You can show your child how to neatly organize all of the items needed for the next day in his or her backpack; take advantage of the multiple compartments and pack food items separately from papers and books.  Who doesn’t love a well-organized bag to take to work or school?  Then, place the backpack beside the door so all that’s left to do is add your child’s lunch and water bottle in the morning.

Bedtime Routinesphoto 3

Establishing the bedtime routine is important:  the children need to get enough rest each night to stay healthy.   When the children are sleeping they are growing, and when they have enough sleep they awake feeling fresh and ready for school the next day.

As parents, we all want and need our own time to relax.  However, it is a commitment upon us, as parents, to be consistent with the bedtime routine.  Sometimes, we may need to delay our own gratification of the things we wish to do, so that we can be at home and putting our children to bed on time.

For your Kindergarten child, the bedtime routine might look like this:

  • bathe children
  • choose clothes for the next day
  • sometimes another small snack
  • teeth brushing
  • bedtime read aloud (parents reading to the children) and cuddles (lots)
  • time for bed–the children, that is!

Morning Preparations

The morning start, even on a school day, can be a relaxed and easy affair with the right amount of preparation from the prior evening.

There is no doubt you will need to supervise the morning routine.  Let’s face it:  the children are five or six-years old, and we are all distractible in our own way.  Left to their own devices the children could have decided, while still in their pyjamas, to start the greatest Lego castle ever but that doesn’t help with getting to school on time.

For your Kindergarten child, the morning routine may look like this:

  • breakfast
  • change into school clothes
  • brush teeth, wash face and brush hair
  • put lunch kit and water bottle into backpack
  • coat and shoes to head out the door

The last point to consider is this: what do the children do if they are ready early, and waiting to leave home for school?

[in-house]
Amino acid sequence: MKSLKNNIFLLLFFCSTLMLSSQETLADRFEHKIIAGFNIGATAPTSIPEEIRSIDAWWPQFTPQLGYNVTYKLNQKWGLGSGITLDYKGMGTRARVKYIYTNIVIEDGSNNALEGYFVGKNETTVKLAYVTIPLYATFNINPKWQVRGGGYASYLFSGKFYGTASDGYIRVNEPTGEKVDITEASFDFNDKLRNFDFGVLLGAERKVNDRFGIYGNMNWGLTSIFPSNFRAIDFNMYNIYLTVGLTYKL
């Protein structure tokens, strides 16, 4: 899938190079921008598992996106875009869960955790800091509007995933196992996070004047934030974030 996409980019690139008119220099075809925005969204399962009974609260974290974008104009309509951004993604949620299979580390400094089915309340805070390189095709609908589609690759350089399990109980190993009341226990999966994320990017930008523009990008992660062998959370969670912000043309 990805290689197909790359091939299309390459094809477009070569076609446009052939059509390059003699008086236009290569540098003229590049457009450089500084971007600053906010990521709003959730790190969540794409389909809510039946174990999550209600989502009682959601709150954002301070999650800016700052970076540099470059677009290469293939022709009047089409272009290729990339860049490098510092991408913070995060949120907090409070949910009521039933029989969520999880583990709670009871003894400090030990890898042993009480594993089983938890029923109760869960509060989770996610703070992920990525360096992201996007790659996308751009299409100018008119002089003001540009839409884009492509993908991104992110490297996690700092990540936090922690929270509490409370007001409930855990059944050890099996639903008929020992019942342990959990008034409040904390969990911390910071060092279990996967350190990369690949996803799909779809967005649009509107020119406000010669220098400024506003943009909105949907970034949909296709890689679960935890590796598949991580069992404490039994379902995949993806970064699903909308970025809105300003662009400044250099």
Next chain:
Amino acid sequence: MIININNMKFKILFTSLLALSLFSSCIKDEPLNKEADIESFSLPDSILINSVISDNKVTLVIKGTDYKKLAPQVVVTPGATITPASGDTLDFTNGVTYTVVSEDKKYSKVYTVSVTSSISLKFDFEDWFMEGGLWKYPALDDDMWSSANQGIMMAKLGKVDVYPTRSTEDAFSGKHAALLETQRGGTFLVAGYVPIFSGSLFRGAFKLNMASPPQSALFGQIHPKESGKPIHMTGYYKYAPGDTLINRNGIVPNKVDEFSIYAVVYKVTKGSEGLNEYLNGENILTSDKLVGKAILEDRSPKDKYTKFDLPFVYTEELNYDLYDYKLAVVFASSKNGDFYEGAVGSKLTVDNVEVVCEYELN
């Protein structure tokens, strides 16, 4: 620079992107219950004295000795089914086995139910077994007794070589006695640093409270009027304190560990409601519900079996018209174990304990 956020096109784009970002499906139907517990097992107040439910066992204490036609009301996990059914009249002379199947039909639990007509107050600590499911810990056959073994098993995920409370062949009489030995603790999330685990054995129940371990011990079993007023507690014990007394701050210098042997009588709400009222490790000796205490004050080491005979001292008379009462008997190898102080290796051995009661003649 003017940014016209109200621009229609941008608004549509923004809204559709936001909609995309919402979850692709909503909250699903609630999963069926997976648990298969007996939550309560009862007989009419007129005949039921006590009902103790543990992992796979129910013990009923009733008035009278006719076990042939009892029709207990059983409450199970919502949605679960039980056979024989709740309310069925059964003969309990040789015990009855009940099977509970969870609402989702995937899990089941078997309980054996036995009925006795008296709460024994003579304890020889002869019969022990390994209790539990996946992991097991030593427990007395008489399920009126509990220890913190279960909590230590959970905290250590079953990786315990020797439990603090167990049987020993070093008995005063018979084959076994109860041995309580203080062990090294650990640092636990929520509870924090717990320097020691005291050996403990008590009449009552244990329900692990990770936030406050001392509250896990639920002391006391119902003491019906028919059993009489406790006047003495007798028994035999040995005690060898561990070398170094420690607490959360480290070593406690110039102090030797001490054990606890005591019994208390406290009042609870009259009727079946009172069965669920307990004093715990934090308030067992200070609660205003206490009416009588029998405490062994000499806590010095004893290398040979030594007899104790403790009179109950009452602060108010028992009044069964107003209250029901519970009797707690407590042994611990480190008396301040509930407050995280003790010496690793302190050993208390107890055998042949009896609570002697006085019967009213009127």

A transition activity from the time of getting ready to heading out the door might be something to think about.  Each child is different, so activities could range from reading a book to shooting pucks into a net in the basement.  The most important factor would be that the children know that when it’s time to leave, they must stop what they are doing.

The key to creating and establishing routines is time, practice, consistency and persistence.  Every family develops their own routines, and adjusts them as the children grow older.  For the Kindergarten child, and for ourselves as professionals in the workplace, a smooth start in the morning sets the tone for a good day at school.

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Digital Literacy in Kindergarten

penguinsOver the last number of years, our Kindergarten groups have been the Little Buddy classes to the Grade Seven students.

We love working with our Big Buddies. There is a true bond that develops between each Kindergarten and Grade 7 student(s). There are more Grade 7 students than Kindergarten children per class, so some Kindergarteners have two buddies.

The benefits are mutual for Big and Little Buddies. Kindergarten children have a close connection to senior students who act as positive role models. The Grade Seven students are the lunch and recess monitors, so it’s exciting to have two or three of them in our classroom everyday helping us with our snacks and giving out the Hot Lunch. The older students also help the Kindergarten on the playground to facilitate play, problem-solve conflicts, or take them to the office for a bandaid.